, , or any other. You might make text within tags italic and huge, or you might choose to tag all text within tags superscript and bold. Here's an overview of the style rules at your disposal. Font-family In an ideal world, all of your site's visitors would have the same fonts loaded on their computers, and you could specify fonts with confidence, knowing every user would have exactly the same experience. In reality, you have to make do with your best educated guess. Provide a list of desired fonts, and the user's browser will try each one in order until it finds a match. Systems running Windows typically have a font called Arial, which looks a lot like what Macs call Helvetica. Just to be safe, at the end of your list you should name the type of font you want, so that if no specific matches were made, you'll at least get the general idea across, as in this example: "P { font-family: arial, helvetica, sans-serif }". The generic font types to choose from are serif, sans-serif, monospace, fantasy, and cursive. Font-size You can specify font size in points (pt), pixels (px), or in a variety of other ways. (For these and many other details, see Mulder's tutorial, linked below.) Specify "font-style: italic" to call for italics, and "font-weight: bold" for bold. Specific numeric weights can also be selected; experiment to see how weights look with various fonts on different browsers. Text-transform Use this to capitalize or lowercase text globally -- the allowed values are uppercase, lowercase, capitalize (title style), and none. Text-decoration This property allows you to either impress or confound your users (depending on their Web experience) with those neat, albeit confusing, nonunderlined links. Just include the rule "a:link { text-decoration: none }" and they'll have to drag their mouse all over creation in search of your hidden hyperlinks. Other values for text-decoration include underline, blink, and line-through. Color Add color to your text or element backgrounds with the color and background-color properties. Coding your color as such: "B { color: #000000; background-color: #FF0000 }" will make all text appearing between tags appear black on a red background. You can also add a background image to just one paragraph or element, using a rule along the lines of: "P {background-image: url(pics/plaid.gif) }". Aligning text As seen in the initial CSS example, use the text-align property to set your preferences. This works only on header, list, and paragraph text, for obvious reasons. But despite the name, you can also text-align images, as such: "IMG { text-align: center }". Paragraphs can also be indented, using the text-indent property. This property regards points, pixels, and other measurement units as values, and indents the first line of a paragraph by the specified width. A negative value results in a negative indent, with the first line hanging over to the left while the rest of the paragraph is indented. Margins That much-missed feature of printed text is now, through the miracle of style sheets, available on the Web, without requiring you to put everything in yet another layout table. A margin rule looks like this: BODY { margin-left: 10pt; margin-right: 15pt} In this example, the page has a left margin of 10 points and a right margin of 15 points. Other commands available include margin-top and margin-bottom. Borders Each element can also have a border, which can be manipulated with the border-width, border-color, and border-style properties. Widths are expressed numerically, and styles can be selected from among the following: dashed, dotted, double, inset, outset, ridge, or solid. You may choose to specify each side of the border separately. For varying widths, the different property names are: border-top-width, border-right-width, border-bottom-width, and border-left-width. For border color and style, you just list the values, in top-right-bottom-left order. To illustrate: BLOCKQUOTE {border-top-width: 5pt; border-right-width: 10pt; border-bottom-width: 8pt; border-left-width: 17pt; border-color: red red green red; border-style: double double double solid } Some of you may be wondering what to include if you want different paragraphs to have different styles. Not to worry; you simply call styles in-line. To do this, specify the style in the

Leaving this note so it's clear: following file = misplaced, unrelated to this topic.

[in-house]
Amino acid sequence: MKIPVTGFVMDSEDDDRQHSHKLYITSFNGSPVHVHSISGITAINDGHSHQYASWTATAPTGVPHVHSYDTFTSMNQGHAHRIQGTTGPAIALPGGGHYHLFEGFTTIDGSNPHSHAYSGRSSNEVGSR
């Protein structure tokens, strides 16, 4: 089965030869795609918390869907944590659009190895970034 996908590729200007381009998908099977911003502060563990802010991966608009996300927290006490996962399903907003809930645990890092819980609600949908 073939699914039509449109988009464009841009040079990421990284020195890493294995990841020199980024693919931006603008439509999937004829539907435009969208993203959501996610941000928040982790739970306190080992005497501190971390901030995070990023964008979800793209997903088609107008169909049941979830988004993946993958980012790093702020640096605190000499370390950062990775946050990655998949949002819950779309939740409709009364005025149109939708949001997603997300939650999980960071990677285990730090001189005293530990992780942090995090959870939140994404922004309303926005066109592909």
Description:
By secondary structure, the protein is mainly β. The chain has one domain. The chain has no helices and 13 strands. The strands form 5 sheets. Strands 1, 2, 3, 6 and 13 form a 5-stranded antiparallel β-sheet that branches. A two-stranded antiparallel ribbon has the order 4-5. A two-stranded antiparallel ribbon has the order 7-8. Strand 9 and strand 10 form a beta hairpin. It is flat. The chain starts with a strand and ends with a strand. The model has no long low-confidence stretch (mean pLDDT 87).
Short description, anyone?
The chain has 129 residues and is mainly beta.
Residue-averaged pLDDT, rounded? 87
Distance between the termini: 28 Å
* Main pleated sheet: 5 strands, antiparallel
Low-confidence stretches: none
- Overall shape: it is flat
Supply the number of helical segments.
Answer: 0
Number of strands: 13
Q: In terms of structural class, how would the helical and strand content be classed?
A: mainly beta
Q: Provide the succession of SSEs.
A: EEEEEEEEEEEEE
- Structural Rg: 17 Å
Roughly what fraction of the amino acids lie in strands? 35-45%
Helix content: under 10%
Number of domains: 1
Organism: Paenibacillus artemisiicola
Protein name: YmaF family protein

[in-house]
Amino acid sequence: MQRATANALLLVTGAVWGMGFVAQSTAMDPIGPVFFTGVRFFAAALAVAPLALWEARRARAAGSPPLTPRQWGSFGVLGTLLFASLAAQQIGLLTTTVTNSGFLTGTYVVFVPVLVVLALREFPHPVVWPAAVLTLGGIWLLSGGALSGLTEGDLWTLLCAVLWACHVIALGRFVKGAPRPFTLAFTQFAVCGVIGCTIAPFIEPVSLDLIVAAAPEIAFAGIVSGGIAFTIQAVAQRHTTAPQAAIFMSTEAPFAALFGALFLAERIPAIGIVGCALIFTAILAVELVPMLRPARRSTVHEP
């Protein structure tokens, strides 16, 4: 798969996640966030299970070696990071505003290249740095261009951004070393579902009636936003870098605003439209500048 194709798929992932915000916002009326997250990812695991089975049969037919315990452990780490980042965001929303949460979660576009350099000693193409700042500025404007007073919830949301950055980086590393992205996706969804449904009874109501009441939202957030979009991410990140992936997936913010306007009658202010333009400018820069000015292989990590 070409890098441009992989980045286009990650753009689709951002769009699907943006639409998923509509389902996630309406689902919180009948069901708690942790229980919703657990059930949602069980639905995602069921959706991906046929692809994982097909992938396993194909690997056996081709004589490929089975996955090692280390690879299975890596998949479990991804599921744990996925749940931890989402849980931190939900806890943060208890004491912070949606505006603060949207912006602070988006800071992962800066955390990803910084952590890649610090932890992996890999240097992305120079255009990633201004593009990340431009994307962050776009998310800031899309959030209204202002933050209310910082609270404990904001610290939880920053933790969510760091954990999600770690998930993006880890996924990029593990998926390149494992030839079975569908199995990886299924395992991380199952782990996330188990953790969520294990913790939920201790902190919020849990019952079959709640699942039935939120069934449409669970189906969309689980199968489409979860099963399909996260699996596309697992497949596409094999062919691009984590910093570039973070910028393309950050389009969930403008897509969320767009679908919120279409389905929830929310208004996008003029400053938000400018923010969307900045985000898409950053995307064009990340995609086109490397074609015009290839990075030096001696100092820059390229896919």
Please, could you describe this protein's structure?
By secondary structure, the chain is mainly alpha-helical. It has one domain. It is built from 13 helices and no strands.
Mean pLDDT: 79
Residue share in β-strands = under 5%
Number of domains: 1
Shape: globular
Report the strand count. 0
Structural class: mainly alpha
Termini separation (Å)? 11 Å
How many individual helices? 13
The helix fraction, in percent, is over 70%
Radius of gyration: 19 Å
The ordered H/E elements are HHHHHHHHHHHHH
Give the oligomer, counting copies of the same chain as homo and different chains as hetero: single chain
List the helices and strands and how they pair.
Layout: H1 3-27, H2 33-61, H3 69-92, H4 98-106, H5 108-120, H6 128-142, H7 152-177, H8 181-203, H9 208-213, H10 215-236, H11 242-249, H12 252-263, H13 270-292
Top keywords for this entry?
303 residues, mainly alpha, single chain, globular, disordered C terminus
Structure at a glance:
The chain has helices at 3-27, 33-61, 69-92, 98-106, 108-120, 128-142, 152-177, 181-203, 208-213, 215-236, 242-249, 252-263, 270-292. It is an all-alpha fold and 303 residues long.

tag: